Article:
Shuttle Endeavour’s Final Space Walk

Astronauts upgrade robotics during Endeavour’s final mission to the International Space Station (ISS).

The crew of six will be partaking in the shuttle program’s final space walk, its fourth of the mission.  That finality also includes any future shuttle missions–a program that will subsequently meet  its end with Shuttle Atlantis.

The sixteen day mission included the usual “space” experiments for the ISS as well as revamping the robotic systems.  The space walk, carried out by astronauts Drew Feustel and Mike Fincke, investigated the heat shield and the wings–both standard docking procedure.  Also, seeing how its Endeavour’s final mission, the two supplied a spare robotic arm and hand to be attached to the ISS’ Russian Zayra Module.  More specifically, a power and data grapple fixture.  Its addition would give the Space Station more capabilities in future spacewalks and ISS repairs, all of which will happen using the crew of the ISS rather than shuttle teams moving forward.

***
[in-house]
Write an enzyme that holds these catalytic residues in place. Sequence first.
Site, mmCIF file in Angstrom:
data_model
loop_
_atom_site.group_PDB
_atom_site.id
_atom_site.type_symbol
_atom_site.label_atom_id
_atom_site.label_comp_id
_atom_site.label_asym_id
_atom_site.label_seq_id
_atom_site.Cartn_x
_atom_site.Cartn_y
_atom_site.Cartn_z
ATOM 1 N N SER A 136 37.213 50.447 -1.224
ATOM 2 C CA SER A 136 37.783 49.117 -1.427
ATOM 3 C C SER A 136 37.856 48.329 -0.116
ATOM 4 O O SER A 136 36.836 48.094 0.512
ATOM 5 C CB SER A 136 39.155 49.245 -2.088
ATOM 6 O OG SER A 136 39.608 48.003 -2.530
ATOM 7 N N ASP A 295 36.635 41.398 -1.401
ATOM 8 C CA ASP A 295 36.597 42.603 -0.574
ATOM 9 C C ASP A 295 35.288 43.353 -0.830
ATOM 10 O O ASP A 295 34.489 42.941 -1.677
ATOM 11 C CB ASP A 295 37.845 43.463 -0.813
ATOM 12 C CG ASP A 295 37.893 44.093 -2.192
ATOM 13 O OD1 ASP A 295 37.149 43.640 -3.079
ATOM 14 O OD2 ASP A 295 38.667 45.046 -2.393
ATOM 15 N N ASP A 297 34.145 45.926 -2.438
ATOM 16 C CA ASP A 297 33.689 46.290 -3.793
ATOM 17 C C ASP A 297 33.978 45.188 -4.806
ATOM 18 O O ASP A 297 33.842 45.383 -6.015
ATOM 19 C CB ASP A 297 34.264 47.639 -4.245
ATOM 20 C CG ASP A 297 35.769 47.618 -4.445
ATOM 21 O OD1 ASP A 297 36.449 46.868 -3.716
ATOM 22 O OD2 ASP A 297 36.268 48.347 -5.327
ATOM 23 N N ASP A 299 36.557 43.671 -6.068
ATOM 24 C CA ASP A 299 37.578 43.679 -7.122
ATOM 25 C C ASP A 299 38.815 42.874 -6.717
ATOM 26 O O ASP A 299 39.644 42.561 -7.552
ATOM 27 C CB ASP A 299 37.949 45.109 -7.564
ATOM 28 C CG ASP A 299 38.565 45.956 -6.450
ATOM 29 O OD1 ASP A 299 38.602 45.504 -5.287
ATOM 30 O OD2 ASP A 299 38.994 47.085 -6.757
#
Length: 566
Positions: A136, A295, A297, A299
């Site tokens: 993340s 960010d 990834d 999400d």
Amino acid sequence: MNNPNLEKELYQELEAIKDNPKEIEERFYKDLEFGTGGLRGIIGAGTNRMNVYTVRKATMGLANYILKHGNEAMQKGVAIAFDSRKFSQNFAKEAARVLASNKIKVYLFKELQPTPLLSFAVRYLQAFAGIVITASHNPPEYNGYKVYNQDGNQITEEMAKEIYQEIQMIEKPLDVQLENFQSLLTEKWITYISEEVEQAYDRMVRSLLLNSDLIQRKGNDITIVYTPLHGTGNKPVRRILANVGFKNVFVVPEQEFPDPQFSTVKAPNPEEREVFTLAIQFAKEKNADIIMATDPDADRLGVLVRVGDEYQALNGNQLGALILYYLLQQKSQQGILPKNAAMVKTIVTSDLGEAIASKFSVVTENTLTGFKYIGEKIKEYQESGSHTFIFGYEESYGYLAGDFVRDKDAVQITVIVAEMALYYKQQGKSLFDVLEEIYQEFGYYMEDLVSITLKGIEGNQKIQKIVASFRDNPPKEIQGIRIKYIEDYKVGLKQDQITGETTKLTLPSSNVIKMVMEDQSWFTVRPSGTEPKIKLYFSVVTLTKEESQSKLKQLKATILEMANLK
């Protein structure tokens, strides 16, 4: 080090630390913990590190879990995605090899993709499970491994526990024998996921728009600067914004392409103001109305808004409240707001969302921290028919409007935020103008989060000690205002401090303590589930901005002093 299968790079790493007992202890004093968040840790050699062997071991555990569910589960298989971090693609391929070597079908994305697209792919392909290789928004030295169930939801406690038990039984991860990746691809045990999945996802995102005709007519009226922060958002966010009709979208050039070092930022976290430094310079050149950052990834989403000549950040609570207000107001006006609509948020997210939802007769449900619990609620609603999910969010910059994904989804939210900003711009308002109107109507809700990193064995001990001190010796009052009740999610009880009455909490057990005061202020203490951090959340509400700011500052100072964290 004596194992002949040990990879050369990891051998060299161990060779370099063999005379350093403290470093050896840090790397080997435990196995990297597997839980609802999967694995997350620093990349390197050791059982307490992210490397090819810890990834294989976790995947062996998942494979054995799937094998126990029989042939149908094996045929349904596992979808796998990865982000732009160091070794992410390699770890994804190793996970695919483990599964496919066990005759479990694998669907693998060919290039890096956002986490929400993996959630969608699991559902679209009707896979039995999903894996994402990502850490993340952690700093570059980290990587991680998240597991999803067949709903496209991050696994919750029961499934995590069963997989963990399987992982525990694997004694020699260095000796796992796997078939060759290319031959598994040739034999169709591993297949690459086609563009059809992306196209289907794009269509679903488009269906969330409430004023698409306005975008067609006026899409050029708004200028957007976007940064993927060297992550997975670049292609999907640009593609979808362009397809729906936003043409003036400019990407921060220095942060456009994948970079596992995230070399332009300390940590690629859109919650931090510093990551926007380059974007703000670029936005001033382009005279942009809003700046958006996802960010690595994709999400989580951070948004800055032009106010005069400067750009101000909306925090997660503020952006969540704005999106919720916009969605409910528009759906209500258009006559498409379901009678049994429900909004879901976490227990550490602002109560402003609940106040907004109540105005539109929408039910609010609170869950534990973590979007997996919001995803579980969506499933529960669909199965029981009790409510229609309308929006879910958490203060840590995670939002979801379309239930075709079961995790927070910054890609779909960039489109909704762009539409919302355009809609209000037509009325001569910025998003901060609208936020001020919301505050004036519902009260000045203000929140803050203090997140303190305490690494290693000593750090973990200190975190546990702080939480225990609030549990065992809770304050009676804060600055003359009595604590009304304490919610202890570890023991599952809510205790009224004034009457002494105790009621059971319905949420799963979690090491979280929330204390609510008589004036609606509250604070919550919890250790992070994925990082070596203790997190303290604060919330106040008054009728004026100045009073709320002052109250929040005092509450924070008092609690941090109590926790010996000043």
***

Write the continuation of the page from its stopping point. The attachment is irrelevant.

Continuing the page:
Additionally, it is exciting to note that during the mission the ISS will be adding more capabilities to the Robonaut 2.  The Robonaut 2 (R2) is a humanoid robot that was brought aboard Shuttle Discovery’s final mission to the Space Station.  This robot was a highly anticipated development for the future of space robotics and human/robot scientific collaborations.  The additions Shuttle Endeavour brought were spare arms–adding to the nearly half-ton robot attached to the ISS.  R2 is getting more lean and will continue to grow with future missions.

NASA noted that the roughly 6 hour spacewalk will eclipse the 1,000 hour mark.  This milestone is a testament to the dedication of humanity in their quest for space exploration. Just cause for celebration for any Space geek.       



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